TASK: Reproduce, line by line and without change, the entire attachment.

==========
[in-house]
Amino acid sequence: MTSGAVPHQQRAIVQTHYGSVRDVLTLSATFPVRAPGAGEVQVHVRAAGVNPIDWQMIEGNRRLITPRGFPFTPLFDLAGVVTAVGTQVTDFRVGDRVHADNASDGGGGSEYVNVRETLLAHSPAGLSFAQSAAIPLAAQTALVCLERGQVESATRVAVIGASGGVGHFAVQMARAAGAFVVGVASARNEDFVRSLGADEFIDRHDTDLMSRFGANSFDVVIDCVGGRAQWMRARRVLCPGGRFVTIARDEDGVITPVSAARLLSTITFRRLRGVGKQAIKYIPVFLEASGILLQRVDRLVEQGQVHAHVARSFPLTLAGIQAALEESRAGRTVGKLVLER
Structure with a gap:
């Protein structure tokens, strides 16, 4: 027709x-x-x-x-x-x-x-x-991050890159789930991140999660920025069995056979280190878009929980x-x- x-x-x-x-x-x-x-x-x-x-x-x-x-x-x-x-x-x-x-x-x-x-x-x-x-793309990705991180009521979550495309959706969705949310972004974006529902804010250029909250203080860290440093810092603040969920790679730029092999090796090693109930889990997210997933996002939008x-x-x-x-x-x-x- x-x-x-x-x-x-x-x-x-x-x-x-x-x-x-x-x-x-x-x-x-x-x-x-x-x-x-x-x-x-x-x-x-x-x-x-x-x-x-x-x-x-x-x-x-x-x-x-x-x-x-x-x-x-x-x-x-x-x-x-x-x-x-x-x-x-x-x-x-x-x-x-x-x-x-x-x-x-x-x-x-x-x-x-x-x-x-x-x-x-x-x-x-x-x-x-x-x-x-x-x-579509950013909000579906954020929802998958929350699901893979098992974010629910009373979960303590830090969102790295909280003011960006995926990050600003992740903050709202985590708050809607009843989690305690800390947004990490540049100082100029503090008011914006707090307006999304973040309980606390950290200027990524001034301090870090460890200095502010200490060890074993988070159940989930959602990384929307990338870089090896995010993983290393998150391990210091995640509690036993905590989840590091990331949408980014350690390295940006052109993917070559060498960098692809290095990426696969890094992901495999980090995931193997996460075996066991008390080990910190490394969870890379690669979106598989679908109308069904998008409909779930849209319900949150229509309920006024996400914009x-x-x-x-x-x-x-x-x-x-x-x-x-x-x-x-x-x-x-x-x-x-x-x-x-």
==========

[in-house]
Amino acid sequence: MTSGAVPHQQRAIVQTHYGSVRDVLTLSATFPVRAPGAGEVQVHVRAAGVNPIDWQMIEGNRRLITPRGFPFTPLFDLAGVVTAVGTQVTDFRVGDRVHADNASDGGGGSEYVNVRETLLAHSPAGLSFAQSAAIPLAAQTALVCLERGQVESATRVAVIGASGGVGHFAVQMARAAGAFVVGVASARNEDFVRSLGADEFIDRHDTDLMSRFGANSFDVVIDCVGGRAQWMRARRVLCPGGRFVTIARDEDGVITPVSAARLLSTITFRRLRGVGKQAIKYIPVFLEASGILLQRVDRLVEQGQVHAHVARSFPLTLAGIQAALEESRAGRTVGKLVLER
Structure with a gap:
């Protein structure tokens, strides 16, 4: 027709x-x-x-x-x-x-x-x-991050890159789930991140999660920025069995056979280190878009929980x-x- x-x-x-x-x-x-x-x-x-x-x-x-x-x-x-x-x-x-x-x-x-x-x-x-x-793309990705991180009521979550495309959706969705949310972004974006529902804010250029909250203080860290440093810092603040969920790679730029092999090796090693109930889990997210997933996002939008x-x-x-x-x-x-x- x-x-x-x-x-x-x-x-x-x-x-x-x-x-x-x-x-x-x-x-x-x-x-x-x-x-x-x-x-x-x-x-x-x-x-x-x-x-x-x-x-x-x-x-x-x-x-x-x-x-x-x-x-x-x-x-x-x-x-x-x-x-x-x-x-x-x-x-x-x-x-x-x-x-x-x-x-x-x-x-x-x-x-x-x-x-x-x-x-x-x-x-x-x-x-x-x-x-x-x-x-579509950013909000579906954020929802998958929350699901893979098992974010629910009373979960303590830090969102790295909280003011960006995926990050600003992740903050709202985590708050809607009843989690305690800390947004990490540049100082100029503090008011914006707090307006999304973040309980606390950290200027990524001034301090870090460890200095502010200490060890074993988070159940989930959602990384929307990338870089090896995010993983290393998150391990210091995640509690036993905590989840590091990331949408980014350690390295940006052109993917070559060498960098692809290095990426696969890094992901495999980090995931193997996460075996066991008390080990910190490394969870890379690669979106598989679908109308069904998008409909779930849209319900949150229509309920006024996400914009x-x-x-x-x-x-x-x-x-x-x-x-x-x-x-x-x-x-x-x-x-x-x-x-x-």